Tuesday, 9 July 2013

Anti-virus protection

My new computer came with Kaspersky security software.  It was a "free" trial, which meant it kept giving me pop-up menus encouraging me to pay for an on-going subscription.   Time was running out and although I know that the commercial anti-virus programs do a good job, and have sometimes been ranked slightly ahead of the Microsoft and AVG offerings (for example, in Computer Choice magazine), my experience (on another of our computers) has been that Microsoft Security Essentials (MSE) is quite adequate.   Naively or not, I place some store in one of the comments to a PC World article:   "User behaviour is probably more important in preventing infection than which security package you use. If a user frequents sketchy sites and clicks on every link offered, the chance of infection skyrockets no matter what security package is installed".

MSE has been replaced in Windows 8 by an enhanced version of Windows Defender.  So, I thought that before I uninstalled Kaspersky, I'd turn Windows Defender on.   This proved harder than I expected.  In fact, it wasn't possible.   After some time delving into every possible setting, I resorted to googling the issue.  It appears that Kaspersky (like all major security programs, it seems) disables Windows Defender. That is, it not only turns it off, it makes it impossible to turn it on.  According to US-based PC World,  "Microsoft tossed its partners a bone by allowing OEMs to deactivate Windows Defender in order to ship boxed PCs with alternative security solutions installed".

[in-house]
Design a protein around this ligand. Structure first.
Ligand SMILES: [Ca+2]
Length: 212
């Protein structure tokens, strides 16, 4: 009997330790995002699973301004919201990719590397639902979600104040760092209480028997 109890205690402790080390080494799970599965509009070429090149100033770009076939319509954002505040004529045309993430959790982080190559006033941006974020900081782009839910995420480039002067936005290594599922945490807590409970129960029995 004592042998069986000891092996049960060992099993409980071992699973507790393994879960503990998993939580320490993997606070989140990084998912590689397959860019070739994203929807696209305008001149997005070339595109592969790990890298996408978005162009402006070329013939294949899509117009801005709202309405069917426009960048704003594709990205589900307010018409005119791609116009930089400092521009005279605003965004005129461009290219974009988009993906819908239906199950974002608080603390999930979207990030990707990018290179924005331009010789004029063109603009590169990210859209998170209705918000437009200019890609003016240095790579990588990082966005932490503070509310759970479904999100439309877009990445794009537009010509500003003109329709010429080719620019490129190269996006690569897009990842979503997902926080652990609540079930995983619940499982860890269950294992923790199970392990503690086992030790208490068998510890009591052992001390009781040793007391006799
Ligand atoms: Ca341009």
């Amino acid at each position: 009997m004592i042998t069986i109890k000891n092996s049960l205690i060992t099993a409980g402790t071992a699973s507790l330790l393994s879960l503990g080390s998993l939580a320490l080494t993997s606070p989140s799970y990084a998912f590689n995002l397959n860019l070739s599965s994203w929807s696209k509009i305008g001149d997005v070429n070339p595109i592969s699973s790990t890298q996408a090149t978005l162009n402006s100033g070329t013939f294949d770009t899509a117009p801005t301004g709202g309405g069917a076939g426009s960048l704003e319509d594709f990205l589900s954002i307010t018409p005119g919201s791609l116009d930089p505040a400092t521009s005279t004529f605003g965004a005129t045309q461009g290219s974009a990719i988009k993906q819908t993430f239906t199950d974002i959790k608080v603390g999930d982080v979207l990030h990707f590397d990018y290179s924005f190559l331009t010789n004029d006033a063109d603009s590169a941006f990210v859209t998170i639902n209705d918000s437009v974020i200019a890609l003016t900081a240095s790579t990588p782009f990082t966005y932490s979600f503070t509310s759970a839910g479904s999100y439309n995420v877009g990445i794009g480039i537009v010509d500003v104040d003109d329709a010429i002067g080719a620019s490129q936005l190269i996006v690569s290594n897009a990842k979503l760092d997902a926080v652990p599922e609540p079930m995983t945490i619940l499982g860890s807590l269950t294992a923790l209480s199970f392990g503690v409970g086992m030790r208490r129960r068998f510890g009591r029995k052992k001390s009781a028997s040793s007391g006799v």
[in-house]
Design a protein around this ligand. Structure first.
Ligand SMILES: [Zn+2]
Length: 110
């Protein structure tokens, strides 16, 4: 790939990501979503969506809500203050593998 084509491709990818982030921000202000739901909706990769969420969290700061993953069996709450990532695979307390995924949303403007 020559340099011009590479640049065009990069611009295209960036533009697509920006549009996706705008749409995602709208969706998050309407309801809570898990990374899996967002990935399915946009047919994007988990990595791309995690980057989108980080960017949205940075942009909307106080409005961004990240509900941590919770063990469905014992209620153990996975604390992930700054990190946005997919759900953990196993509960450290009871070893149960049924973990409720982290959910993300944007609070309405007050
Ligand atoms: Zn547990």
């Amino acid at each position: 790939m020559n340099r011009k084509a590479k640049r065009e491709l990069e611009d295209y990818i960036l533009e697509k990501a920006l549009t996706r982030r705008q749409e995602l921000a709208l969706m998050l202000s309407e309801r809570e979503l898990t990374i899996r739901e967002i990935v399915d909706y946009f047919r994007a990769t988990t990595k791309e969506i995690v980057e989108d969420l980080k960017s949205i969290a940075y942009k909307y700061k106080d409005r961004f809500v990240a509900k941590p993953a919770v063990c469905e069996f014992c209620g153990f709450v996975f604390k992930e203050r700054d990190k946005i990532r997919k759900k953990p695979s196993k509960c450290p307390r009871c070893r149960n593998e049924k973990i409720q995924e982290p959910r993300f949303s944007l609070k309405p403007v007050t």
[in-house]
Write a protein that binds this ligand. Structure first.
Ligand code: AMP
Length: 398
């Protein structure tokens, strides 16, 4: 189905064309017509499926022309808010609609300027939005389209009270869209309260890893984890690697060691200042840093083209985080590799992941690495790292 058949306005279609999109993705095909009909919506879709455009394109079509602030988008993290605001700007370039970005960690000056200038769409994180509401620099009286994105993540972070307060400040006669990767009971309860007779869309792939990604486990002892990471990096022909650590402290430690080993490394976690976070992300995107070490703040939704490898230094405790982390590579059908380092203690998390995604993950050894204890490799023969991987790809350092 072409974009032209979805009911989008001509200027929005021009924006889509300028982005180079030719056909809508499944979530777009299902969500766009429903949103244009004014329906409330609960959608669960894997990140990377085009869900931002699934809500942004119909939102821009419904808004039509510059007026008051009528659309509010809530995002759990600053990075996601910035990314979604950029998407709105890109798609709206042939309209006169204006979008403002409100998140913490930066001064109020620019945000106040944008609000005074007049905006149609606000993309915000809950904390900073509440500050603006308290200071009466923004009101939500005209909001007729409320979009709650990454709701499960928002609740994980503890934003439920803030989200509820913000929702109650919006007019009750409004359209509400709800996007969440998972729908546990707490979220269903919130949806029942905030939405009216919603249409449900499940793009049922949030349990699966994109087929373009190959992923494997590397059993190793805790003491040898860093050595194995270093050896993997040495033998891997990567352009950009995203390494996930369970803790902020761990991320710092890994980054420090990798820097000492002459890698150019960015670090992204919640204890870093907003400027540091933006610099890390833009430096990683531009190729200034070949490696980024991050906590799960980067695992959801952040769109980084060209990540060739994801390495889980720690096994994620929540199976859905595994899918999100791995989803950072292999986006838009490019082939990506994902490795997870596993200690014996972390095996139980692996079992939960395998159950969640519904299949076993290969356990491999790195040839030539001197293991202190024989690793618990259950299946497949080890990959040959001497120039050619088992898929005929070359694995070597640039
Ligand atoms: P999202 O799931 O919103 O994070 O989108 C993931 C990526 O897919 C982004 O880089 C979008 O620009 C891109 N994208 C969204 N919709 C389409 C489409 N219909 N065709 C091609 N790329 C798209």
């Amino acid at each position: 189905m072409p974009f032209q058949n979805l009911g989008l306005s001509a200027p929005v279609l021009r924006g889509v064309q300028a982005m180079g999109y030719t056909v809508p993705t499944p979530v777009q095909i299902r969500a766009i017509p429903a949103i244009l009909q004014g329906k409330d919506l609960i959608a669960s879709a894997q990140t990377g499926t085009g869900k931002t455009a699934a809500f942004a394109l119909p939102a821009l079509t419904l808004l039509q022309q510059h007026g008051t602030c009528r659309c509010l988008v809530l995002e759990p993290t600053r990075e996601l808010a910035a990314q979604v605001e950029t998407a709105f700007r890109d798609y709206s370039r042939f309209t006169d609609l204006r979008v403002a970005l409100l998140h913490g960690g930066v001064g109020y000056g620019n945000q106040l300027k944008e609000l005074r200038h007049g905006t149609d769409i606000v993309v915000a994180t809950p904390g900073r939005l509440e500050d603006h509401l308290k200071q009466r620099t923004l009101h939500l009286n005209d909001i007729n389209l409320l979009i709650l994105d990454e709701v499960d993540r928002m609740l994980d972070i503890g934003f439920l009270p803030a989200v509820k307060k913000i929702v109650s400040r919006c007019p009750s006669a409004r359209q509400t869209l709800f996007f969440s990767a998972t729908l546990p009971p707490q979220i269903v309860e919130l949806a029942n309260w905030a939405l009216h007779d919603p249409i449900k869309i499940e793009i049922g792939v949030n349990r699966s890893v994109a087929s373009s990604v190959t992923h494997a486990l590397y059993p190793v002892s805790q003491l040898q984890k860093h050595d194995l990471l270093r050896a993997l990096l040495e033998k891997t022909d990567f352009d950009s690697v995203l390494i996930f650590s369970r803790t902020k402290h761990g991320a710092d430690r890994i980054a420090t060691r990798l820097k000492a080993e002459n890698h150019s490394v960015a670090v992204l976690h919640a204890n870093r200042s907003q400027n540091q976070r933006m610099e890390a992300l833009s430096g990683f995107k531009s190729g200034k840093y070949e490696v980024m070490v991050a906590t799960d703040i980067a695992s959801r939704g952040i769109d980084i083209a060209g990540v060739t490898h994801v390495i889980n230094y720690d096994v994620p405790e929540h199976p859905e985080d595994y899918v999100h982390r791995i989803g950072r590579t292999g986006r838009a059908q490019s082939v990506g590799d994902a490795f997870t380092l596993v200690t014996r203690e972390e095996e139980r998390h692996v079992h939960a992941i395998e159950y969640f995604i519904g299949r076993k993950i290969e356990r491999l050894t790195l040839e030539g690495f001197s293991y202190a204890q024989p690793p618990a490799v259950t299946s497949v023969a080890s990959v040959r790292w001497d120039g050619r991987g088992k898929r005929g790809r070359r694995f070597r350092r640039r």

Yes, I'm aware that it's not a good idea to run two security programs at the one time.   Just the same, to remove Windows Defender almost completely from view seems a little extreme.  But I digress..... .

It was, therefore, with some apprehension that I proceeded to uninstall Kaspersky (even though I read (here) that it ought not to be a problem).  Holding my breath,  I then sought out Windows Defender on the computer, and was gratified not only to find it but to see that, perhaps as part of the uninstall of Kaspersky (or perhaps it's a feature of Windows 8?), it had in fact been activated.  This seemed to be contrary to the article in PC World, but on re-reading it, I realised the article was referring to the situation where the Kaspersky product was allowed to lapse, rather than where it is actively uninstalled 9 (as I had done).    The virus definitions were not up-to-date, but rather than wait for the automatic update to kick in, I manually up-dated these.  Since then, so far, so good...... 

1 comment:

  1. I am a Kaspersky (Internet security ) user because of its Safe Money systems. ( Secure protected browser for bank sites and shopping, and virtual keyboard encryption). My only beef is that when Firefox updates ( feels like every other week) safe money is incompatible. I waited about 2 months for K to bring out its Firefox 21 version and about 3 days later Firefox 22 was released and is still incompatible.
    I' m keeping v 21 until the K update in spite of nightly pleas to instal v22